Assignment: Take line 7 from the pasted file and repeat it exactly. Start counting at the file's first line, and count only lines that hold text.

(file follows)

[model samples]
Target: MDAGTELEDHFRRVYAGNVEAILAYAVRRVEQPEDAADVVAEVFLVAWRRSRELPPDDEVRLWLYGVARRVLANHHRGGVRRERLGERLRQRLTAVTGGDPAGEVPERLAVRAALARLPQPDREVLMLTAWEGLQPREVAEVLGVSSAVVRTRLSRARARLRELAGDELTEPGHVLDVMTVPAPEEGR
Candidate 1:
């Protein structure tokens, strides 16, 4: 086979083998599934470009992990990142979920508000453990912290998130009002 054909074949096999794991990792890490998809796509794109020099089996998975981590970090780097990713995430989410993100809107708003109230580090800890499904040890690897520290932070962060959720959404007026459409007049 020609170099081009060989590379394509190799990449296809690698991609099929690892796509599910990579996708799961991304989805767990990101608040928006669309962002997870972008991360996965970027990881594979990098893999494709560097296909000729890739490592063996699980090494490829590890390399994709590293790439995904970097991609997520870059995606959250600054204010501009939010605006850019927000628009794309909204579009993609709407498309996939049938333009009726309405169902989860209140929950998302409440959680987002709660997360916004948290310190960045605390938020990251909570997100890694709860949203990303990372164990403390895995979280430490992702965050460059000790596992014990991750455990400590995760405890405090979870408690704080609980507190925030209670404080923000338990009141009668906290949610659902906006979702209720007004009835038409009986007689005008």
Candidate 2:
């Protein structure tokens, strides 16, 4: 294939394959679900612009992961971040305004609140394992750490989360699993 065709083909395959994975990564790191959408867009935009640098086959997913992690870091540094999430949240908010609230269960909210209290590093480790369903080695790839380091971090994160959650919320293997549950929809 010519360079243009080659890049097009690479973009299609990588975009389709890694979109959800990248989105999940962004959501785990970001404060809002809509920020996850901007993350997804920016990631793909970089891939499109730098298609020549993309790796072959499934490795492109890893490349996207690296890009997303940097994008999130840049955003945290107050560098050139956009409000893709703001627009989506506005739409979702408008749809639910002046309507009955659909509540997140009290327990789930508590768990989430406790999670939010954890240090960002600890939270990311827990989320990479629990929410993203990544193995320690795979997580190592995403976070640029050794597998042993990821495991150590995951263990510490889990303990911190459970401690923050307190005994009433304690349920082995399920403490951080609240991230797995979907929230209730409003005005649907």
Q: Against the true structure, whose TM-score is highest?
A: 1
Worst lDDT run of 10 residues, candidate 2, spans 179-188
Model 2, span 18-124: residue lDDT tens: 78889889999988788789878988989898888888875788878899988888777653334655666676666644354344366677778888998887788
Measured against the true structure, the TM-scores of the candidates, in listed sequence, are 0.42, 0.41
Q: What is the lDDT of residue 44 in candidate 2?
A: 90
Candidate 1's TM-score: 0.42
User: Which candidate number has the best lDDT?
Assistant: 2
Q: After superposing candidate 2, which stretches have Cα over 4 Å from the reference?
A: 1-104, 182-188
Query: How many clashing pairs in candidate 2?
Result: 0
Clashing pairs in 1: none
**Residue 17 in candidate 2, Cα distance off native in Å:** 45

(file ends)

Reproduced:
Q: Against the true structure, whose TM-score is highest?